Those early attitudes are still somewhat present and still drive both types of companies today. Telecommunications markets across Canada and in some other parts of the world have for the past few decades been dominated by the more nimble and hungry cable companies, with the sluggish phone companies doing all they can to avoid being left in the dust.

The reason for Bell’s sluggish stock performance is therefore not some innate nature of the business it is in, it’s because the company is - simply put - poorly run, to the point of being stupidly run.

Need proof? Okay, how about this. The Canadian public is now on high alert about the state of internet access in this country. Nearly half a million people signed a petition that on the surface is against usage-based billing, but which is really an indictment of the larger situation. The government is ticked off and breathing down Bell’s neck. This is, by the way, a relatively right-wing government that strongly advocates letting market forces do their thing. Yet still, the Prime Minister himself is ready to meddle with those forces. Moreover, the whole UBB fiasco has made Canadians more aware than ever that there are other, cheaper options out there as far as internet service providers are concerned. Many Canadians hadn’t even heard of Teksavvy before this mess came along.

So what would be the stupidest thing Bell could do in this situation? What would piss people - especially customers - off even more and drive them to those smaller competitors, as well attract even more attention from politicians of all stripes? Hmm… how about raising prices? Yup, that would be about the dumbest thing the company could do. There’s no way they’d do that, right?

Wrong. That’s exactly what Bell is doing. Effective as of May, all of Bell’s retail internet services are going up by $3. Wow. Just wow.

There are two possible explanations for why Bell would make such a move, which is seemingly daring the government - whoever that may be at the conclusion of our pending election - to give it a good, old-fashioned spanking. One is that the company’s bean counters figured that its revised usage-based-billing proposal will result in less revenue, which are dollars that need to be made up elsewhere. The other possibility is that one hand - the side of the company that sets prices - doesn’t know what the other hand, namely the regulatory people dealing with the UBB fracas, is doing. At this point, I’d lay 50-50 odds on either being the answer. Neither is smart.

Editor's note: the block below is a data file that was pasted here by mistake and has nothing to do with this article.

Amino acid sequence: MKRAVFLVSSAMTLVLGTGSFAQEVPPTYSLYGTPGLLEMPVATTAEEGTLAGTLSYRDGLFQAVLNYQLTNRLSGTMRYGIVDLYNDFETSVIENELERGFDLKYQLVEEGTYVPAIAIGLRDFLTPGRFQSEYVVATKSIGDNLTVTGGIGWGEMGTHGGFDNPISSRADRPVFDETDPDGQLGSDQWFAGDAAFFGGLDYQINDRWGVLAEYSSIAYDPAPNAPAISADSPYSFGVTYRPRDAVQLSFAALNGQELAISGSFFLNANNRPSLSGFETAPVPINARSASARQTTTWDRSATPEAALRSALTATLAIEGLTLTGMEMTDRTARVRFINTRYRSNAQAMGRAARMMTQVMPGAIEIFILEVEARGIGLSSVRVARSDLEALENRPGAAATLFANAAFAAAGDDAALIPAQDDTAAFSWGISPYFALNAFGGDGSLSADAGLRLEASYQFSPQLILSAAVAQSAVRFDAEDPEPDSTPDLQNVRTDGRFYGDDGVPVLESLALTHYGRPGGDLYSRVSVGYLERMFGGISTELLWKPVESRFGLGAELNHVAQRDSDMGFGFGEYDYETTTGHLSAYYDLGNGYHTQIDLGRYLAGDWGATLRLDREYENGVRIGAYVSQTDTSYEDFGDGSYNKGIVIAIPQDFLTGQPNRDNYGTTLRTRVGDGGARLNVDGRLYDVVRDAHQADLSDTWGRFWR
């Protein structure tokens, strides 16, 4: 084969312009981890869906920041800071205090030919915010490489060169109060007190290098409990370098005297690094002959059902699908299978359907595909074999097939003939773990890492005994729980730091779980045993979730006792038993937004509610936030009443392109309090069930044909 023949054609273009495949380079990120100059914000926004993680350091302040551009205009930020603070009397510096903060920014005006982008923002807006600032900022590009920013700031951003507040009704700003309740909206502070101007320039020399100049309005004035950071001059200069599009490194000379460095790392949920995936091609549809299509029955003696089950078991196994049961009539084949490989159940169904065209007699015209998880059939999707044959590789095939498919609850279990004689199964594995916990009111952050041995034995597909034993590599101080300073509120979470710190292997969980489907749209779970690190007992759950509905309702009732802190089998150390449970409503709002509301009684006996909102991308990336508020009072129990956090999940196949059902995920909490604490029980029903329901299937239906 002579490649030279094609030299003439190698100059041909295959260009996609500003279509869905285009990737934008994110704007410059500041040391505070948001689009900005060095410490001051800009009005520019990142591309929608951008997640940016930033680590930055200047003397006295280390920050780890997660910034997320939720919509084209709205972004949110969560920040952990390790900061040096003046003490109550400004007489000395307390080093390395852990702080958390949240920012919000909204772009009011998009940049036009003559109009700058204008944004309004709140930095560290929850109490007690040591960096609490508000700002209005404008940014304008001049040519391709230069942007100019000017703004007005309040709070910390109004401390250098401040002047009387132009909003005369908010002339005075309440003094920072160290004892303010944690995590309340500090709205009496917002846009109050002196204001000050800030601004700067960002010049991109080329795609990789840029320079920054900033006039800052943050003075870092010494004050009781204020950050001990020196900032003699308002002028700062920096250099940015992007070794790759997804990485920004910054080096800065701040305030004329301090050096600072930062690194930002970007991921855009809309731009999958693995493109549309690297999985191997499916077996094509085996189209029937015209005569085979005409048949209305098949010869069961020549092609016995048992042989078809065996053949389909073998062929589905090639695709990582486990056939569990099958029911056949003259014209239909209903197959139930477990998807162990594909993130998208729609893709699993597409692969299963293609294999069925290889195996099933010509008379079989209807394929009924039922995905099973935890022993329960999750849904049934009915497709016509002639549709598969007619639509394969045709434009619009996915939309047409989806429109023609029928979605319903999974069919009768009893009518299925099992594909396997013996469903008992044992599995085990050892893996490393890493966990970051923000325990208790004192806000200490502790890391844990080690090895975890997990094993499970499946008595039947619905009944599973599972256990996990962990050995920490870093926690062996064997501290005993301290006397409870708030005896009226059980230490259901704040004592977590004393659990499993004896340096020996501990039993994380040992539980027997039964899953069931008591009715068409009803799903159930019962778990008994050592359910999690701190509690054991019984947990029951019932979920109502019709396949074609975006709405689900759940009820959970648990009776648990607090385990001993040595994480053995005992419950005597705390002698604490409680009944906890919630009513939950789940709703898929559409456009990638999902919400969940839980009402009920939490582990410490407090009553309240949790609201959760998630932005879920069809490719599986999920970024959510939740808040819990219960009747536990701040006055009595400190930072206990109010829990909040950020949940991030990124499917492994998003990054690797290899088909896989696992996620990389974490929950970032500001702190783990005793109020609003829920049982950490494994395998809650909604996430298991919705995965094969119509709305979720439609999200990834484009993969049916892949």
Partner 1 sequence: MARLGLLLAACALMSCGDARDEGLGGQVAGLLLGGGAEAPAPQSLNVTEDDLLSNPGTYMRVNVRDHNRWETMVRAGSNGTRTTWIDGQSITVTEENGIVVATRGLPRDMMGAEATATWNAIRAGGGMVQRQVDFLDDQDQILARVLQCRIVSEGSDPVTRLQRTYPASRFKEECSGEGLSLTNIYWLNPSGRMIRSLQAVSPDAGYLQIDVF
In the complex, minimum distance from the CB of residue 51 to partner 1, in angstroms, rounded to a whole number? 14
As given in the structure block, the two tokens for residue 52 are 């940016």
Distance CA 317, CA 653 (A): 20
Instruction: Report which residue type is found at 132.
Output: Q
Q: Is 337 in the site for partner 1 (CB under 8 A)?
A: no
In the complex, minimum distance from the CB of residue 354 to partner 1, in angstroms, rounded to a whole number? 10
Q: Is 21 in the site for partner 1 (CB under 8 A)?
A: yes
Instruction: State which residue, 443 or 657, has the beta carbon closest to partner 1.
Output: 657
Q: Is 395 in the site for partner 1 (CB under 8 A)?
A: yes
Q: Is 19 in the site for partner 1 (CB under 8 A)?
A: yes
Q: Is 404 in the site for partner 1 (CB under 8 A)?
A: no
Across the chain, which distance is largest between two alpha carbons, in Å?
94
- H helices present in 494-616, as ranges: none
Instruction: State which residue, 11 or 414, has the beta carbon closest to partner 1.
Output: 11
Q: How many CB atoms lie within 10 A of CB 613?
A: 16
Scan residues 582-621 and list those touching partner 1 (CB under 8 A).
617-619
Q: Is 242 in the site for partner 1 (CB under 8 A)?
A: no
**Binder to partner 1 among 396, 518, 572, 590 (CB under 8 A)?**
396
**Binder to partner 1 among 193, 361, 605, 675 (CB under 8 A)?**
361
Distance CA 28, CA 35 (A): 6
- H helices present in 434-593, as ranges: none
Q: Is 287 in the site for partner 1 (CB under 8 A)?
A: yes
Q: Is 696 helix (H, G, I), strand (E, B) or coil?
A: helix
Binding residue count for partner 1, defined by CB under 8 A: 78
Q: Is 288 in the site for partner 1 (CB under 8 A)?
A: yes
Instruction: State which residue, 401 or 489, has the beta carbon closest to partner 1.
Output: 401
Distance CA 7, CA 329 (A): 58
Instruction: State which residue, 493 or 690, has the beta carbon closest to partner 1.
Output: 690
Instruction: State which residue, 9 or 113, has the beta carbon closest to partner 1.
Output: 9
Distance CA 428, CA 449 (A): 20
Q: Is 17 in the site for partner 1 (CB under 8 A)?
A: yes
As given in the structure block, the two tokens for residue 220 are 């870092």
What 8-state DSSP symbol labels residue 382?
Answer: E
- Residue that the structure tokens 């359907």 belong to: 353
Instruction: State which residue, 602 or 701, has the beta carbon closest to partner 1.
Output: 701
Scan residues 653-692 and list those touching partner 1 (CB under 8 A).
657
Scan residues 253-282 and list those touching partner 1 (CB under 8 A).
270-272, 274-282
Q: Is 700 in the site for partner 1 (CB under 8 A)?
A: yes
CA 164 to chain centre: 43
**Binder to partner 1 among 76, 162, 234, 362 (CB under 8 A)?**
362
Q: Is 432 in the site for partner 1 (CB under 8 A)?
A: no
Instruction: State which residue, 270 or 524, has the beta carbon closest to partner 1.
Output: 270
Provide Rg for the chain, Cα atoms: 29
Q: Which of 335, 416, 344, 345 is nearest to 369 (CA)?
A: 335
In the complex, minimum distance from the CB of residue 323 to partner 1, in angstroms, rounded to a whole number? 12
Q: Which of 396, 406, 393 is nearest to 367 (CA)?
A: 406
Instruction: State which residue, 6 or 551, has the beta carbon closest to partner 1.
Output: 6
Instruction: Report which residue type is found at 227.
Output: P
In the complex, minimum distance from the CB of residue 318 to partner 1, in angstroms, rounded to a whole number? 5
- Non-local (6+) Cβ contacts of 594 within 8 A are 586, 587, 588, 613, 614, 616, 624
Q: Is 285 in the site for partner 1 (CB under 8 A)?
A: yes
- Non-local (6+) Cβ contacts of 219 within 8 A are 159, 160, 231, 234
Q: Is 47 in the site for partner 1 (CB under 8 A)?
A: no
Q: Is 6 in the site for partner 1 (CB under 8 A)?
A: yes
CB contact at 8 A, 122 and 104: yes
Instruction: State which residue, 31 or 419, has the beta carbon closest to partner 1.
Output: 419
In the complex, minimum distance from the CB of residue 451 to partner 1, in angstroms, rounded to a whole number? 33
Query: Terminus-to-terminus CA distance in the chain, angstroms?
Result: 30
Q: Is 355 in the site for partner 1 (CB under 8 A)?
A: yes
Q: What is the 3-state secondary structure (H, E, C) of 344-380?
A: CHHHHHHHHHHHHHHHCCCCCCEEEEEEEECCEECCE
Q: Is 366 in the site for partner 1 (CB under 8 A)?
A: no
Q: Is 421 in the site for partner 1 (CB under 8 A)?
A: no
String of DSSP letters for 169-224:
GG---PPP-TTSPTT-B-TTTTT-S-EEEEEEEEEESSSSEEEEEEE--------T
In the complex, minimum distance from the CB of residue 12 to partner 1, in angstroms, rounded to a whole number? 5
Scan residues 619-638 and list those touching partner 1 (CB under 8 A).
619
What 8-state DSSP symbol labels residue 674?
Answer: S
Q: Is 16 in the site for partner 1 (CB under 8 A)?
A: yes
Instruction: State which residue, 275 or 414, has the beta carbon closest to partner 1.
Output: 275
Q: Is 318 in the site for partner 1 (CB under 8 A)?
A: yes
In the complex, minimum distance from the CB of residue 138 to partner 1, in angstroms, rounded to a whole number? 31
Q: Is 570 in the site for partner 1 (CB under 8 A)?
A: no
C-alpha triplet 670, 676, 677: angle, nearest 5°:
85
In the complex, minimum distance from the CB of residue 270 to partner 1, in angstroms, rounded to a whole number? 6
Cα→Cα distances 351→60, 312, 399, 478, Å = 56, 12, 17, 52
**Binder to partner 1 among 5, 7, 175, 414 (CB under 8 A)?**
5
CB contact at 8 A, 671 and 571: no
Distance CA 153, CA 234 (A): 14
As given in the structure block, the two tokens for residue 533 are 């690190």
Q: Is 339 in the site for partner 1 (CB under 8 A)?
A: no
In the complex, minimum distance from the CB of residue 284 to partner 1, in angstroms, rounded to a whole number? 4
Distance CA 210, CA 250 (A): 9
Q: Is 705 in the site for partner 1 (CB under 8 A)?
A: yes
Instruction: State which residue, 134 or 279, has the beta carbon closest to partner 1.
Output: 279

I hate to keep bringing up New Zealand but I swear this is like watching a rerun. The big phone company there kept making similarly moronic moves like these until the public and the government just couldn’t take it anymore. The company, Telecom New Zealand, was subsequently forcibly broken up into three pieces, thereby losing more than half its stock value. For the longest time, I haven’t thought that could happen here, but perhaps I’ve been underestimating just how stupid some companies can be.

  1. Guillaume
    March 30, 2011 at 8:33 am | #1


    another example of pure stupidity by Bell was when the CRTC gave the ‘final’ decision on UBB, which tied the prices to retail for GAS, without discount. Bell announced the rate increase in max overcharges (from 30 $ to 60$) 2 days after the CRTC announcement.

  2. Parallax Abstraction
    March 30, 2011 at 10:41 am | #2

    Fantastic article as always man. I agree with you that Bell is a terribly run company (you should hear some of the stories my boss tells from when he used to work there) but when it comes to price increases, that is one of the most considered things any large company does. I guarantee you that $3 price increase has dozens-if not hundreds-of hours of meetings behind it. The main reason I’ll bet they chose to do it is because it’s not a big enough increase for most sheep consumers to notice and that by and large, they’ll get away with it and lose a minimal number of clients because people can’t be bothered to go through the minimal hassle of changing ISPs. And you know what? I think they’re right.